Syrian government forces did not stop their operation in Greater Idlib with the success in the western countryside of Aleppo city and continued making gains in the province. During the past 24 hours, they took control of over 10 settlements.
Furthermore, they forced members of the mighty Idlib rebels to retreat from Sheikh Aqil, besieged another Turkish observation point, and set a foothold for a possible offensive on the city of Darat Izza.
This town, located 30km west of Aleppo, had an estimated population of approximately 42,000 in 2013. In modern Syria, it is most widely known as the stronghold of Hayat Tahrir al-Sham that hosts its key forces and facilities in this part of the province.
The fall of Darat Iazza into the hands of government troops will also disrupt a link between the Turkish-occupied Afrin region and armed groups hiding in the countryside of Idlib city. Thus, Ankara will not be able to freely redeploy its proxies from one part of northwestern Syria into another. On the same day, President Bashar al-Assad congratulated the Syrian people and the Syrian Army with the victory in western Aleppo.
However, he said that this achievement “does not mean the end of the war” and declared that the military will continue combating terrorism in the provinces of Aleppo and Idlib. Turkish threats to launch a war on Syria if its forces do not stop their anti-terrorism campaign, al-Assad described as empty words. The televised speech of the president came amid reports that Hayat Tahrir al-Sham started evacuating its remaining weapon depots in the Mount Simeon District of Aleppo province towards the region of Afrin, and the border with Turkey west of Idlib.
These developments indicate that the group does not really believe that it is able to defend Darat Izza in an open battle with the Syrian Army. It is interesting no note how the public rhetoric of pro-militant media outlets changes depending on the military successes of the Syrian Army.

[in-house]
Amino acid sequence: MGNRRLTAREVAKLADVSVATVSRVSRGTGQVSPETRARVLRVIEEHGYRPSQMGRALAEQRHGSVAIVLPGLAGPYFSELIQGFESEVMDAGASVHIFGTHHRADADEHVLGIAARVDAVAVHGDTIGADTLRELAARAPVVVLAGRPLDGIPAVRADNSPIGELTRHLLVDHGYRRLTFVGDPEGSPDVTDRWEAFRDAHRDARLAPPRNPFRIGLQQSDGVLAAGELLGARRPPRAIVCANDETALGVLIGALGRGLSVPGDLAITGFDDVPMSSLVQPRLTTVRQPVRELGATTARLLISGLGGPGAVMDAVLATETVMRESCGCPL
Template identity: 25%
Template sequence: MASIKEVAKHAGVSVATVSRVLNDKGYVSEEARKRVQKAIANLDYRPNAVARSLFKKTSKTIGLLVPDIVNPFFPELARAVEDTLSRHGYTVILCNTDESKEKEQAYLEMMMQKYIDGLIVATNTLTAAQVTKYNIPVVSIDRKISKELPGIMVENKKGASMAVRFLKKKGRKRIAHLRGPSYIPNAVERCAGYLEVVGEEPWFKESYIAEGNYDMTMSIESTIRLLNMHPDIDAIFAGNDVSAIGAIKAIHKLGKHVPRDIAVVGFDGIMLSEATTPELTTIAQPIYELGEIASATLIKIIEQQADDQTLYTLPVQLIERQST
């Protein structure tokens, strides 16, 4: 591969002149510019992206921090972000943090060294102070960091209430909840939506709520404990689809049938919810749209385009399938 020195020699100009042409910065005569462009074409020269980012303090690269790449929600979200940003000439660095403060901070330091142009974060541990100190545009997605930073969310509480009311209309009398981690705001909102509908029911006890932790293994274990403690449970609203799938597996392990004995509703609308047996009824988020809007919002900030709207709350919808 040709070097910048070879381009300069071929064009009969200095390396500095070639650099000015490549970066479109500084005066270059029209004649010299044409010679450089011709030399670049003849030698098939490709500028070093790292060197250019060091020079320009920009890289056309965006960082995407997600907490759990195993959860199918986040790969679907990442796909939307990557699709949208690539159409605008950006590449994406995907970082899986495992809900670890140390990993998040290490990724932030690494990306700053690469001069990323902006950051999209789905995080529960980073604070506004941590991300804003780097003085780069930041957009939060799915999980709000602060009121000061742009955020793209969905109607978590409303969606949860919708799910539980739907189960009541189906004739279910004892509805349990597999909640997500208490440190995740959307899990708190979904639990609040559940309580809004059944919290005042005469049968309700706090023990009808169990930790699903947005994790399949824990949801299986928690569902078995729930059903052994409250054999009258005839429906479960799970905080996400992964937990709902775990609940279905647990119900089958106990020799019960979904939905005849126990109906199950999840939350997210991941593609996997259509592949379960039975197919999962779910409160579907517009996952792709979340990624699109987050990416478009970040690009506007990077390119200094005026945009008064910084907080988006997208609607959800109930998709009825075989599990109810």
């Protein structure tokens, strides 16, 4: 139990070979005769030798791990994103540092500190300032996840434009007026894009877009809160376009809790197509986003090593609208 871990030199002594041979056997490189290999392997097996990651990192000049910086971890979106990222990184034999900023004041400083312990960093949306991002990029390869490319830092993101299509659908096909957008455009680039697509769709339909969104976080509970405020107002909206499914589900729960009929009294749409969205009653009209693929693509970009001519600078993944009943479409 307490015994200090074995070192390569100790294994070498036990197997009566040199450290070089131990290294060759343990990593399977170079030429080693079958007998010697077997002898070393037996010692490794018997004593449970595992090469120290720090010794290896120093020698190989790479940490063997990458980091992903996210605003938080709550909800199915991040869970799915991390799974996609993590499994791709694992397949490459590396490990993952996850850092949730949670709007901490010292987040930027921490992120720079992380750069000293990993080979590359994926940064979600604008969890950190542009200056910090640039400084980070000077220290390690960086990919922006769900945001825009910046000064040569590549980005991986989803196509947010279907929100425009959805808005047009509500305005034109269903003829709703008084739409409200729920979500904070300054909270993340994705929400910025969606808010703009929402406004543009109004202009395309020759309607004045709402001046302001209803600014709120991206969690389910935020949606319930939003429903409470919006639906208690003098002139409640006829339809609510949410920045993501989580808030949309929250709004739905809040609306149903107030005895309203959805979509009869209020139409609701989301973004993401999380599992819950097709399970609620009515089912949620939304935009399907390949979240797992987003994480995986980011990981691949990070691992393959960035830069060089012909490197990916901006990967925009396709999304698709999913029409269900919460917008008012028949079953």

During the previous stages of the conflict, they preferred to call the Damascus government a bloody dictatorship that is killing peaceful moderate rebels all around Syria. Then, it evolved into the regime fighting against the ‘Syrian revolution’, while ‘Assad sectarian militia’ evolved into ‘Assad forces’.
After the deployment of the Syrian Army in the vicinity of Idlib city, ‘Assad forces’ started slowly becoming ‘government troops’. It seems that when the army enters the city itself, Idlib grant-eaters will welcome the internationally-recognized government. Taking into account the recent developments on the frontline, they probably should start preparing posters featuring great leader Bashar al-Assad immediately.
Therefore, the main hope of Idlib groups and their supporters is the Turkish diplomatic efforts in the framework of the Astana format. On February 17, Moscow and Ankara started a new round of negotiations on the situation in Idlib. The Turkish leadership’s current main goal is to stop the Syrian advance and to consolidate its own influence in the scraps of the militant-held part of Idlib. In turn, it will likely have to surrender a part of its lovely moderate rebel groups that are publicly linked with al-Qaeda.
If Russia and Turkey find no understanding on the situation, Ankara will continue making attempts to protect Idlib groups with a variant of military and diplomatic measures. This will likely lead to a further escalation of the conflict.